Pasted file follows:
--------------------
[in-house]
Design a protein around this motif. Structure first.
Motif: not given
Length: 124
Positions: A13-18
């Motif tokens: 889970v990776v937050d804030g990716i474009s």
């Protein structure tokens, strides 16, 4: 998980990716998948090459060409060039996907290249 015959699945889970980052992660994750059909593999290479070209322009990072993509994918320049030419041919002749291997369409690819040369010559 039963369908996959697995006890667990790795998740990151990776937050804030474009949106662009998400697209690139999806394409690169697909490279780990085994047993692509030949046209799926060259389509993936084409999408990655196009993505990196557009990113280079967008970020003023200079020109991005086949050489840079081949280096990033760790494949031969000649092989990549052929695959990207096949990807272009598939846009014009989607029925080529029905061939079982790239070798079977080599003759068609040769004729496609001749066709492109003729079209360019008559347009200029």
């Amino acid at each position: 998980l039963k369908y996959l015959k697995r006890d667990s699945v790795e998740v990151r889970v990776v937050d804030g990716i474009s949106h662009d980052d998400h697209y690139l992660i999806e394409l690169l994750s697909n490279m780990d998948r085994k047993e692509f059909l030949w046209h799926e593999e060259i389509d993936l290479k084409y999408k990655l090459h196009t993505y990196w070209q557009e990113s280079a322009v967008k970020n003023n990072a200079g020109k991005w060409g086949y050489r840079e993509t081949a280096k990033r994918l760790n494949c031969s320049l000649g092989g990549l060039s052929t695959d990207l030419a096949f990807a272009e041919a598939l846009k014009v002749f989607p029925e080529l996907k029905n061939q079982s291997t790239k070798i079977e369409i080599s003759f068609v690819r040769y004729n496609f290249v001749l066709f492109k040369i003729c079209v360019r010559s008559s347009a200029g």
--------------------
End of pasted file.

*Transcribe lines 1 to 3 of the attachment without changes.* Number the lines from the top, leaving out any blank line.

[in-house]
Design a protein around this motif. Structure first.
Motif: not given